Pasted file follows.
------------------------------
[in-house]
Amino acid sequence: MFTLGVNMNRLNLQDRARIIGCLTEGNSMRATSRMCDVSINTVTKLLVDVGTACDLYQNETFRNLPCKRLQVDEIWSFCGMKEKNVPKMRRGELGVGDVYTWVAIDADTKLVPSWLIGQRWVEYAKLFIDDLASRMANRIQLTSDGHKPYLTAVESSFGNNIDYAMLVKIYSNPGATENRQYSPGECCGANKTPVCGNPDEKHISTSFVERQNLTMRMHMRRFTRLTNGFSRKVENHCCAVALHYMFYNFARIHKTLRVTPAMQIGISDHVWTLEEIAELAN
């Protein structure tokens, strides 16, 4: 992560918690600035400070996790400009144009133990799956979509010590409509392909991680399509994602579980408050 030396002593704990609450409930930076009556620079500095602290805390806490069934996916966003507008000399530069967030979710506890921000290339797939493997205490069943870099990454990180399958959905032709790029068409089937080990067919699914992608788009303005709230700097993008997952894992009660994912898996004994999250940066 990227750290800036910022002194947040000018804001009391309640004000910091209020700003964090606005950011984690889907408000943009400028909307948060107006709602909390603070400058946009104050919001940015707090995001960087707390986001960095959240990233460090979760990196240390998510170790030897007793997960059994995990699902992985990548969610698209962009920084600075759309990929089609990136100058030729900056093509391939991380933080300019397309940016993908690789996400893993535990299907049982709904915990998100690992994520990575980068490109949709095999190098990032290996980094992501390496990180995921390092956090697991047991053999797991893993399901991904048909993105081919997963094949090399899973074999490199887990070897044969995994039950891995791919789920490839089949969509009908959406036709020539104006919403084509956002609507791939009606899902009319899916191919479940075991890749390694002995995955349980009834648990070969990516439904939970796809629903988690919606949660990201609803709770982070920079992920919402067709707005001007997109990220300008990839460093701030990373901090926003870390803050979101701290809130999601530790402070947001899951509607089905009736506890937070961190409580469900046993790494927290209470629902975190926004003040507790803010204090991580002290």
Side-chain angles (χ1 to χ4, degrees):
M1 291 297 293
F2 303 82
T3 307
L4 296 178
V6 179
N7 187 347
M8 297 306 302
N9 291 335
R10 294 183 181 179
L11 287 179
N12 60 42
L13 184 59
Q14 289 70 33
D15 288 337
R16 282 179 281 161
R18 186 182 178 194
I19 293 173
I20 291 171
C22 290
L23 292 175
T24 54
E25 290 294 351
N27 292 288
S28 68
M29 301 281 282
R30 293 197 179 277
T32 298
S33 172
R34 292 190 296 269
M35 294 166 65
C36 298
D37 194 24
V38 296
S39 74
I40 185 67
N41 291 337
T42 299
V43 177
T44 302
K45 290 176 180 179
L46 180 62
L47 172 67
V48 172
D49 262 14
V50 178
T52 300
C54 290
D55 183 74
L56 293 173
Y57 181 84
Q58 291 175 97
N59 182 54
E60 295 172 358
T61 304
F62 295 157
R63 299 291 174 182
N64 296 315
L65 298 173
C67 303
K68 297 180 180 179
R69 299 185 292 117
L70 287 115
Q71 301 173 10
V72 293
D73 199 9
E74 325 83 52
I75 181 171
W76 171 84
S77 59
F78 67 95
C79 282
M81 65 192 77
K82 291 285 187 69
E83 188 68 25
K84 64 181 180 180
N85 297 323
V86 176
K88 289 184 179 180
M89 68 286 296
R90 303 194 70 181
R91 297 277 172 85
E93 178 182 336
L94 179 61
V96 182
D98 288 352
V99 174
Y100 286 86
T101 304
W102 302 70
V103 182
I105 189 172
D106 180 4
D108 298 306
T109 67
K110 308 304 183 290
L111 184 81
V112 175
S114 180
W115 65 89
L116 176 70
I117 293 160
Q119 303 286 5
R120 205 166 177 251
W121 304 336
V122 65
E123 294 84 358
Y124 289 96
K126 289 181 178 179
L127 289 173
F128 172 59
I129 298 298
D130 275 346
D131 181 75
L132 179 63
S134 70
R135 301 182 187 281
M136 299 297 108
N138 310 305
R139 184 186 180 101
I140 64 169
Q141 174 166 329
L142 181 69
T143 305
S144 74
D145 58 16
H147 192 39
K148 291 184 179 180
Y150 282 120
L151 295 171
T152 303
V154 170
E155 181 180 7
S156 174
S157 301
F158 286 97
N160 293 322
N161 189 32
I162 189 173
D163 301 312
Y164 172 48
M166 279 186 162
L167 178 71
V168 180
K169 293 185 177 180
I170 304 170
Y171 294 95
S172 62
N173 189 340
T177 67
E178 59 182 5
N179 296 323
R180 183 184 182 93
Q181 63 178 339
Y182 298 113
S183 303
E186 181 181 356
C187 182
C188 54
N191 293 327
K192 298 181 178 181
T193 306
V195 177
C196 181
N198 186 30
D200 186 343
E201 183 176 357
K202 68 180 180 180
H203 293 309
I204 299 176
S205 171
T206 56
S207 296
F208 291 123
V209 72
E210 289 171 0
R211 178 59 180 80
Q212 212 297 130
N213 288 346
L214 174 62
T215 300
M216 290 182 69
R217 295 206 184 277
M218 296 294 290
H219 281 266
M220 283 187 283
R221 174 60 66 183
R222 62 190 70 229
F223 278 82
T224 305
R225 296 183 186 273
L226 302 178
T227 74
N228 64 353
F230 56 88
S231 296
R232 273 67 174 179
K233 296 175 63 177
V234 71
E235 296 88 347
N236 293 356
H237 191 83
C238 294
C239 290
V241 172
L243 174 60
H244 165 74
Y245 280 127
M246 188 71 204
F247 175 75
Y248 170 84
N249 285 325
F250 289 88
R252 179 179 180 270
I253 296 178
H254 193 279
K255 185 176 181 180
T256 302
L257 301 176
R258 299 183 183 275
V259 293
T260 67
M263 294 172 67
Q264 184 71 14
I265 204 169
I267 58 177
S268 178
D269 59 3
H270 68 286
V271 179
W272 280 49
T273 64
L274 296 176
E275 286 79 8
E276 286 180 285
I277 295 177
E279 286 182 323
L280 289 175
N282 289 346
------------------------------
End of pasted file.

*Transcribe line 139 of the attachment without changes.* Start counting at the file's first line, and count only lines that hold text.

F158 286 97